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Venom > Welcome to Hell > Reviews > DanielG06
Venom - Welcome to Hell

Truly An Essential Album - 90%

DanielG06, March 12th, 2022

Venom is probably the single most divisive band in metal, as half of the community seems to praise them as the founders of extreme metal, and the other half claims that the band is nothing more than a poor man's Motörhead who just happened to influence "true" black metal bands by having lyrics about satan. I strongly side with the former. This is because, if the music is analysed in the context of 1981, when the second heaviest band in the world was The Exploited or maybe Accept, it is undeniable that Venom was the very start of the more extreme metal, and I believe that they are the sole reason for the evolution of metal in the first place.

No band prior to this album had even tried pushing the boundaries past sounding like Iron Maiden or Judas Priest, and intentionally trying to make the music inaccessible was deemed exclusively counterproductive at the time. So why am I ranting about this on a review about Welcome To Hell? Because, this was the more important of two albums, including its successor, that led to the start of anything heavier than thrash metal in the first place.

Now, onto the music. It is very typical of 1981; there are many bluesy riffs and catchy use of chords in a very traditional NWOBHM style with a sound admittedly very similar to Motörhead, but Venom had something different in their music, something ground-breaking and entirely noticeable as soon as you press play; the production is awful, the playing is sloppy, the vocals are wretched and obnoxious, and the lyrics are juvenile, and it's amazing. I can't imagine how unique this would have sounded at the time, the fuzzy production makes the album crushingly heavy, and insanely powerful-sounding.

This is the reason why so many of the songs on this record are anthemic, from the title track to One Thousand Days In Sodom, Welcome To Hell churns out unforgettable hooks and stupidly badass riffs. The bass is way up front in the mix, which makes the music sound static-heavy and actually improves a lot of the more groove-oriented songs, namely Schizo, one of my personal favourites. The mixture of all of these aspects, from the reverb-heavy production to the snarling vocals from Cronos, and the legendary basslines, is what makes most of the tracklist on Welcome To Hell undeniable classics.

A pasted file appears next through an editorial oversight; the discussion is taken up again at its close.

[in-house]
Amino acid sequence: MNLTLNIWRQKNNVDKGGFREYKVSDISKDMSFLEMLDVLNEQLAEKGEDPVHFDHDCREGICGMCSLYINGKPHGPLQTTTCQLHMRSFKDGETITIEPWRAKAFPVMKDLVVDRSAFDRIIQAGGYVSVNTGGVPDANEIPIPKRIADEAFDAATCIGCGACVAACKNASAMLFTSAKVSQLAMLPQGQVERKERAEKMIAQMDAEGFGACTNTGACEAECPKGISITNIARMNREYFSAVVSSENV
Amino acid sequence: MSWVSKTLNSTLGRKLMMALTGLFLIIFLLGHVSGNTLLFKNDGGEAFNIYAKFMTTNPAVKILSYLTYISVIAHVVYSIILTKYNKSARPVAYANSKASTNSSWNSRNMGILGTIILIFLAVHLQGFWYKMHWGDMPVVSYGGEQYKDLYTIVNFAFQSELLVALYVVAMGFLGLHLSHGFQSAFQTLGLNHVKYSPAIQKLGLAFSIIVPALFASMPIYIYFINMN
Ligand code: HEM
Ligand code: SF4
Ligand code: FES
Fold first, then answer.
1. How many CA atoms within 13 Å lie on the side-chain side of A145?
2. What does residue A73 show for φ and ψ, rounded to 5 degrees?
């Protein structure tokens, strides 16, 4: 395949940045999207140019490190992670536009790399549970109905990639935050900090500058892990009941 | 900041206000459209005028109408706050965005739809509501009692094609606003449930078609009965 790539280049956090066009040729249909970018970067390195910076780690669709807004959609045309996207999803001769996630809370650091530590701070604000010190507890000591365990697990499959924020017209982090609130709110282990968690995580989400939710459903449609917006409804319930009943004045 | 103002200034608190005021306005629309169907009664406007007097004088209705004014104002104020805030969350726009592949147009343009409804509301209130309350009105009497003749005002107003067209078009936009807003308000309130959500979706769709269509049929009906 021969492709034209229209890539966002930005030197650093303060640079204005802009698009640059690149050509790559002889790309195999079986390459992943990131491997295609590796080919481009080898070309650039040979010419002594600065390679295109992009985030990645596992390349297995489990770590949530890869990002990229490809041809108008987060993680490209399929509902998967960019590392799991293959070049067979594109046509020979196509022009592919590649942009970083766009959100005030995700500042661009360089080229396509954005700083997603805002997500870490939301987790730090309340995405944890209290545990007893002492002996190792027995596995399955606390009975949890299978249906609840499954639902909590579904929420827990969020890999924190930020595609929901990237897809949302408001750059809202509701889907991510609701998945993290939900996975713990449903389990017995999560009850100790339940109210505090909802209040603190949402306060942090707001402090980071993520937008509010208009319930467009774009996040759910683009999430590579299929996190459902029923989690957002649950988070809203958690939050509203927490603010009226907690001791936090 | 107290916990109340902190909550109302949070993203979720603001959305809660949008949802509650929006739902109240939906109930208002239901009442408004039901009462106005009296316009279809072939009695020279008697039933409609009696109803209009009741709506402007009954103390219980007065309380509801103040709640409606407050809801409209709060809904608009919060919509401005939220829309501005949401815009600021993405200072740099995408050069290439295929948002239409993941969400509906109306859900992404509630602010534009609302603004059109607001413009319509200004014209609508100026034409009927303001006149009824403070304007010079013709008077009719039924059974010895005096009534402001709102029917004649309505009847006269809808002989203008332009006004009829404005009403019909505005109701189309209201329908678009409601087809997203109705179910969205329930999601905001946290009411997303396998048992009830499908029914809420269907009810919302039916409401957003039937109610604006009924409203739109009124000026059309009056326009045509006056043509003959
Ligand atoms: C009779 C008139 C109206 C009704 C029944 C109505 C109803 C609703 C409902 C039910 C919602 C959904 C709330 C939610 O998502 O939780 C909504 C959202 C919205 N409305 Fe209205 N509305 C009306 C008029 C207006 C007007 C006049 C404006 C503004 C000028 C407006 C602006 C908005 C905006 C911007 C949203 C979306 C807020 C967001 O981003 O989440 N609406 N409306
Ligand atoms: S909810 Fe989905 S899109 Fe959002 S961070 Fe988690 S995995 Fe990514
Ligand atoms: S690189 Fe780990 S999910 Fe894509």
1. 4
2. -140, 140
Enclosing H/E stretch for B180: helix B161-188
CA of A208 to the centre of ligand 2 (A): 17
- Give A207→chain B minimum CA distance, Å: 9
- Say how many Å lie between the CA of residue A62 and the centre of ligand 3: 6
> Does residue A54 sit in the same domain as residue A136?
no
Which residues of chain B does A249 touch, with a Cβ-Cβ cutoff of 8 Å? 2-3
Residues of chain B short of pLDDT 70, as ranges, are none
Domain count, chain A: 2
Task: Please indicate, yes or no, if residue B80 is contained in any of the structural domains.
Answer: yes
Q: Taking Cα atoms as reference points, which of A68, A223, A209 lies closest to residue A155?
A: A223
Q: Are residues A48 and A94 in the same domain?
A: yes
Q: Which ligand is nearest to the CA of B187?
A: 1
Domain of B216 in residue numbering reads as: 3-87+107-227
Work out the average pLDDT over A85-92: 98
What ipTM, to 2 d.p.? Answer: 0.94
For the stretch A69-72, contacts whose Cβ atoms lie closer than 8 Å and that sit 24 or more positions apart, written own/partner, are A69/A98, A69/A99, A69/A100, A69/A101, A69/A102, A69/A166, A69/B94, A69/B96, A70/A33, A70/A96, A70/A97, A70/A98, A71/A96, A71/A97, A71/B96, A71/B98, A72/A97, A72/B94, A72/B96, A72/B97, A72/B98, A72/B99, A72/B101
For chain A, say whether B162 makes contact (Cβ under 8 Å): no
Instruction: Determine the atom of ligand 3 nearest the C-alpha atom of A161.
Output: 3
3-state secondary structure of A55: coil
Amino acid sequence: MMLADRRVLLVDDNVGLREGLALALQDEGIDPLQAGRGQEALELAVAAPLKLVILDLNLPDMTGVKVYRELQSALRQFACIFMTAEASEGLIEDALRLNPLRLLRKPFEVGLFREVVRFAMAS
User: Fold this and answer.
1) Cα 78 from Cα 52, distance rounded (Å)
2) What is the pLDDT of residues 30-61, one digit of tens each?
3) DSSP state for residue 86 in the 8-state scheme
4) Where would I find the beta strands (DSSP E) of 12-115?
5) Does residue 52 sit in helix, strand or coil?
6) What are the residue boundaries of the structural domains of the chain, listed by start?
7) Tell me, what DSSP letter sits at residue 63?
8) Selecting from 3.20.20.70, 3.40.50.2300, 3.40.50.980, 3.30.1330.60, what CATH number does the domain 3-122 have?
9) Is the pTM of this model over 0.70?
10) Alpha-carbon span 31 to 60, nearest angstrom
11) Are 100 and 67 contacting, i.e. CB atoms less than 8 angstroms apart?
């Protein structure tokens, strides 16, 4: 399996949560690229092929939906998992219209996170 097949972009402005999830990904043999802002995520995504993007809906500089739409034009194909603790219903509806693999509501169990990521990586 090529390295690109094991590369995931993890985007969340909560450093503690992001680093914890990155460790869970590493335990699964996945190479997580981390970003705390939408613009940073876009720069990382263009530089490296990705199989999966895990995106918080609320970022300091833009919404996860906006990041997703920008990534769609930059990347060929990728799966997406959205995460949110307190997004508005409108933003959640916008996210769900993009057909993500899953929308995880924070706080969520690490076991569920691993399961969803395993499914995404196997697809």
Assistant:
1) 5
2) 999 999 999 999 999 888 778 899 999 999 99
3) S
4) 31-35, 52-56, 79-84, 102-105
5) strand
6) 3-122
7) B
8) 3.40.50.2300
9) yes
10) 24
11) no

However, Venom also prove on this record that they can be dynamic when they want to, exemplified by the beautiful interlude, Mayhem With Mercy, which is mostly an acoustic guitar piece that is a nice bridge between Schizo and Poison. But after that, it's a straight run of classic songs that may be short, simplistic and formulaic, but it would be remiss to say that they aren't excellent. The drumming is average, but bear in mind that Venom isn't going for technicality with this album, if you didn't already notice. Specifically, the focus of the music is almost wholly on the aesthetic, which is what makes this record universally acclaimed and so special. This aesthetic had never been fully tried before.

As I stated earlier, Accept and Iron Maiden may have toyed around with songs about killing people, and Black Sabbath famously covered topics of black magic and war more than a decade before, but never before had a band completely delved into nothing but sex, blasphemy and debauchery, and Welcome To Hell shows that Venom perfected this on the first attempt. That alone justifies their praise over the years, and the music itself is catchy and to-the-point. In conclusion, it's understandable why people may not enjoy Venom's music, but this is the definitive start of bands pushing the boundaries, and therefore Welcome To Hell could arguably be the one album that caused most of the metal we listen to now to exist in the first place. The importance of this album both musically and aesthetically is something that must be respected.